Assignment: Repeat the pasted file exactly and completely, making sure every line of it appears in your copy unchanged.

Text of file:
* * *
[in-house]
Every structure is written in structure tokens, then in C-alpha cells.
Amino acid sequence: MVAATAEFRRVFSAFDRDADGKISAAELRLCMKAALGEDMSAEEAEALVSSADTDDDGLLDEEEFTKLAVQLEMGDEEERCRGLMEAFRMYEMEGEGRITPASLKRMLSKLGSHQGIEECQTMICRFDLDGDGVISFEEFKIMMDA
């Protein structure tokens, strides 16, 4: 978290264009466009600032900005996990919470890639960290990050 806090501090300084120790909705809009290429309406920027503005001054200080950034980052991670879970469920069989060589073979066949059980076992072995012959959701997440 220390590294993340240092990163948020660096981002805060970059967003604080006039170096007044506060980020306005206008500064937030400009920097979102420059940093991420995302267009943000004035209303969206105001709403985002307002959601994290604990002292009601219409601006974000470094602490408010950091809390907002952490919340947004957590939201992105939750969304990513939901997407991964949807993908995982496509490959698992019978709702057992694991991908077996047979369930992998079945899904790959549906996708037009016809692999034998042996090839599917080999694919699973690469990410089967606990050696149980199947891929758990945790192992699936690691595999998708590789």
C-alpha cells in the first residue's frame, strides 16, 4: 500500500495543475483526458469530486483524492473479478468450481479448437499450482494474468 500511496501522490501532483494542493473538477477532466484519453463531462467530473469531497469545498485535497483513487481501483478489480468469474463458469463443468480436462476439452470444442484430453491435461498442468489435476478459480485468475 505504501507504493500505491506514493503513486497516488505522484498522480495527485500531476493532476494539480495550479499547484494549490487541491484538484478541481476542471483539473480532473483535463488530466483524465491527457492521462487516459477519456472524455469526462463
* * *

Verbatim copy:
[in-house]
Every structure is written in structure tokens, then in C-alpha cells.
Amino acid sequence: MVAATAEFRRVFSAFDRDADGKISAAELRLCMKAALGEDMSAEEAEALVSSADTDDDGLLDEEEFTKLAVQLEMGDEEERCRGLMEAFRMYEMEGEGRITPASLKRMLSKLGSHQGIEECQTMICRFDLDGDGVISFEEFKIMMDA
């Protein structure tokens, strides 16, 4: 978290264009466009600032900005996990919470890639960290990050 806090501090300084120790909705809009290429309406920027503005001054200080950034980052991670879970469920069989060589073979066949059980076992072995012959959701997440 220390590294993340240092990163948020660096981002805060970059967003604080006039170096007044506060980020306005206008500064937030400009920097979102420059940093991420995302267009943000004035209303969206105001709403985002307002959601994290604990002292009601219409601006974000470094602490408010950091809390907002952490919340947004957590939201992105939750969304990513939901997407991964949807993908995982496509490959698992019978709702057992694991991908077996047979369930992998079945899904790959549906996708037009016809692999034998042996090839599917080999694919699973690469990410089967606990050696149980199947891929758990945790192992699936690691595999998708590789």
C-alpha cells in the first residue's frame, strides 16, 4: 500500500495543475483526458469530486483524492473479478468450481479448437499450482494474468 500511496501522490501532483494542493473538477477532466484519453463531462467530473469531497469545498485535497483513487481501483478489480468469474463458469463443468480436462476439452470444442484430453491435461498442468489435476478459480485468475 505504501507504493500505491506514493503513486497516488505522484498522480495527485500531476493532476494539480495550479499547484494549490487541491484538484478541481476542471483539473480532473483535463488530466483524465491527457492521462487516459477519456472524455469526462463